Three years on from the initial proposal that 28 Deptford High Street (the former Law Centre) should be refurbished and made available for 'community use', prospective tenants are being given just a few weeks to put forward business plans and bid to take over the space.
The funding which has been used to refurbish the shop has come via a rather convoluted route from the Outer London Fund money that was awarded for improvements to the south end of the high street five years ago.
Although the high street refurbishment works and repaving were finished some years back, the cost of the work was less than had originally been predicted, and the council applied to redirect the remaining GLA grant money for other uses in Deptford, rather than having to hand it back.
The first proposal was to fund the relocation of the train carriage cafe which was removed when work on the Deptford Project carriage ramp began. (If the train carriage cafe is before your time, just keep your eyes peeled and you'll be sure to see it mentioned in some developer's Deptford-is-so-cool puff piece within a few weeks...)
The option of redeploying the train carriage in Douglas Way next to the Albany was explored, but this fell through and the money was subsequently redirected to 28 Deptford High Street.
The building is owned by Lewisham Council and has been closed for umpteen years now. As well as bringing the ground floor shop unit back into use, the council proposed to convert the upper floors into self-contained flats that could be rented out.
The shop would be let at a peppercorn rent for a set number of years to a tenant who would 'continue the work to animate the high street through a programme of changing offers in the shop'.
That plan was originally mooted in 2014. Since then, the shop has lain empty, despite being advertised for rent in 2015. Enquiries by local artists wanting to use it to display their work during Deptford X were thwarted by council red tape and demands for unreasonable rent, suggesting that the desire to 'animate the high street' was not a serious one.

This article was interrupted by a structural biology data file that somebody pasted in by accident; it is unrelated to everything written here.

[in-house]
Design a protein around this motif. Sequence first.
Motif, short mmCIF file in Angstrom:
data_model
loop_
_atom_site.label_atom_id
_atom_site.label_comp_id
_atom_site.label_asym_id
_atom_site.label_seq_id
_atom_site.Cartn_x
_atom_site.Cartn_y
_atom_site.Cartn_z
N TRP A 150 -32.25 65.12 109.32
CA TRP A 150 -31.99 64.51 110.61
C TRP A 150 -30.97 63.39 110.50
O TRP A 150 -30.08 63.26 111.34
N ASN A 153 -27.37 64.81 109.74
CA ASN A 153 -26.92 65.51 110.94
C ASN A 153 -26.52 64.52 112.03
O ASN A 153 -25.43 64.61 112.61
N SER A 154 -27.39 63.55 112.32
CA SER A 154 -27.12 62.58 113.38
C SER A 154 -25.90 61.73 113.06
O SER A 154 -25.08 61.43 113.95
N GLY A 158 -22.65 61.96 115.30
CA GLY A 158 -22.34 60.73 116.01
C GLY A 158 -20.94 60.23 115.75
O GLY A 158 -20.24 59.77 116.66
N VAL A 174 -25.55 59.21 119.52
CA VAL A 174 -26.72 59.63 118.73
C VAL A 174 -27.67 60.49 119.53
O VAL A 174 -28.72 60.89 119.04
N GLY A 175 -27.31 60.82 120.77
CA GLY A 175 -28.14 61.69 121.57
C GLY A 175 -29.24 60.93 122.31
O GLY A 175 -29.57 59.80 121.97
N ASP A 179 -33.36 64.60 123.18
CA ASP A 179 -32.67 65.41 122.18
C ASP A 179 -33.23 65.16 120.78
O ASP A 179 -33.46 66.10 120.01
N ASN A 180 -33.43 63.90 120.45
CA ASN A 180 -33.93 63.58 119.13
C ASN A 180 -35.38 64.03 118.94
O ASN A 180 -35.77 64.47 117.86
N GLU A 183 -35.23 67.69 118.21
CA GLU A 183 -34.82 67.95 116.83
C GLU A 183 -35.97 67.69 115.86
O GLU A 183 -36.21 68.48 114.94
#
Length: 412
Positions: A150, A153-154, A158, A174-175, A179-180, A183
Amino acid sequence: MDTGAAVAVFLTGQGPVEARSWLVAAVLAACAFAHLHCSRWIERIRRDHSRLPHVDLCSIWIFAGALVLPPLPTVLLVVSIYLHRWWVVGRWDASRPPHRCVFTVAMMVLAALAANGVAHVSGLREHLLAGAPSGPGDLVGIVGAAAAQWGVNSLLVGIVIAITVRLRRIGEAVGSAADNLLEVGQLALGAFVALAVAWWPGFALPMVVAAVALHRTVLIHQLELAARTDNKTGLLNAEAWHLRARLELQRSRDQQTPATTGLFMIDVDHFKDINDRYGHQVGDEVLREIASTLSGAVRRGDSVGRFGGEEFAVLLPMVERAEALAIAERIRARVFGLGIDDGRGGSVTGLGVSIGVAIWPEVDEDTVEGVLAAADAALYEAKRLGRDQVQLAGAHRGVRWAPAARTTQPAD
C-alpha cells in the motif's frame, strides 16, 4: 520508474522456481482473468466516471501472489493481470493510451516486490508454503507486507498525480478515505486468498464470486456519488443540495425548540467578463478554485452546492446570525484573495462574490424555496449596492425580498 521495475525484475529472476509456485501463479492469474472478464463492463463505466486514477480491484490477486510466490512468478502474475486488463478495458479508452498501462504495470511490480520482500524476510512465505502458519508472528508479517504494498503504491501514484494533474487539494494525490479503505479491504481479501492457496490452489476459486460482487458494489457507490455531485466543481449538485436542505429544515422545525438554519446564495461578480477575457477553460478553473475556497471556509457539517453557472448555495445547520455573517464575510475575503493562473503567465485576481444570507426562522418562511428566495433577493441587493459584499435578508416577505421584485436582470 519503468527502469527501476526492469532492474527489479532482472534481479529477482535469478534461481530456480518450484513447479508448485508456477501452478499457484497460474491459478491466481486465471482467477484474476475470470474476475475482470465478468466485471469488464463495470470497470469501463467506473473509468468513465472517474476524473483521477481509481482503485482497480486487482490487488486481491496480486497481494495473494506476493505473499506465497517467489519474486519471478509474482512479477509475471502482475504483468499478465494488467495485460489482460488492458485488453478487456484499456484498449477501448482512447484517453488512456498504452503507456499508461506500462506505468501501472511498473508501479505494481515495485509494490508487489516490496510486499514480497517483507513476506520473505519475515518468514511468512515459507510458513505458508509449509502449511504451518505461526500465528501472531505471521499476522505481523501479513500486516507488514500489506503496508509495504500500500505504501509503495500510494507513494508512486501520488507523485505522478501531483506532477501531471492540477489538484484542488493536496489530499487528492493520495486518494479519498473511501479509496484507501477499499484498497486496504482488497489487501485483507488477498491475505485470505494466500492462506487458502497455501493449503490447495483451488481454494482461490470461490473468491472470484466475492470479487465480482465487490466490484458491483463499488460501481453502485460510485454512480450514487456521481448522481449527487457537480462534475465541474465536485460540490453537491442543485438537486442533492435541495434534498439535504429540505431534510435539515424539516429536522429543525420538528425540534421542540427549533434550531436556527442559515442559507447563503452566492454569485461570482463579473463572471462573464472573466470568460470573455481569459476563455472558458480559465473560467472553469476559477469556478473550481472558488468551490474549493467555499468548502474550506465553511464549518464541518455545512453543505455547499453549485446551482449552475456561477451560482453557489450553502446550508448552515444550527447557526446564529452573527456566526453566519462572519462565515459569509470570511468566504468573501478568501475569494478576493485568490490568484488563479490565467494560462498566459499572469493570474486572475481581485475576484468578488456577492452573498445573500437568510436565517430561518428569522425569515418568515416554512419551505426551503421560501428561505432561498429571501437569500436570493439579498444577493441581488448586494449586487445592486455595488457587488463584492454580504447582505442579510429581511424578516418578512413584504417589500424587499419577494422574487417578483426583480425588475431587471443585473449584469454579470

Fast forward to 2017 and all of a sudden there's a sense of urgency with the council looking for 'social entrepreneurs, community and cultural organisations' to take on a short-term lease in the shop.
Potential bidders are being given just a month to draft and submit expressions of interest - although you don't even get to see inside the shop until ten days before the deadline, and viewings are by appointment on two specific days only.
There's a lot of work to do for the first phase, including business plan, budget, details of tenant team staff, etc and if you get shortlisted, you'll be expected to have your detailed submission ready within 12 days of being notified. There is an unholy urgency going on to get someone in there that belies the past three years' sloth. I very much doubt that community or cultural organisations have the resources to come up with detailed submissions that meet these criteria at the drop of a hat, often being staffed by volunteers who do it in their spare time. Even social entrepreneurs may struggle if they are small organisations that already have a full workload - and will they want to take on another commitment in any case?
It's down to the bidder to suggest what rent they are prepared to pay, so business plans will need to be realistic and thoroughly researched rather than 'back of the fag packet' style.
The expression of interest form states that the council is not looking simply at income - they aren't necessarily going for highest bid. But it's questionable whether they will get a the range of offers they would like, if they are wedded to such a short timescale.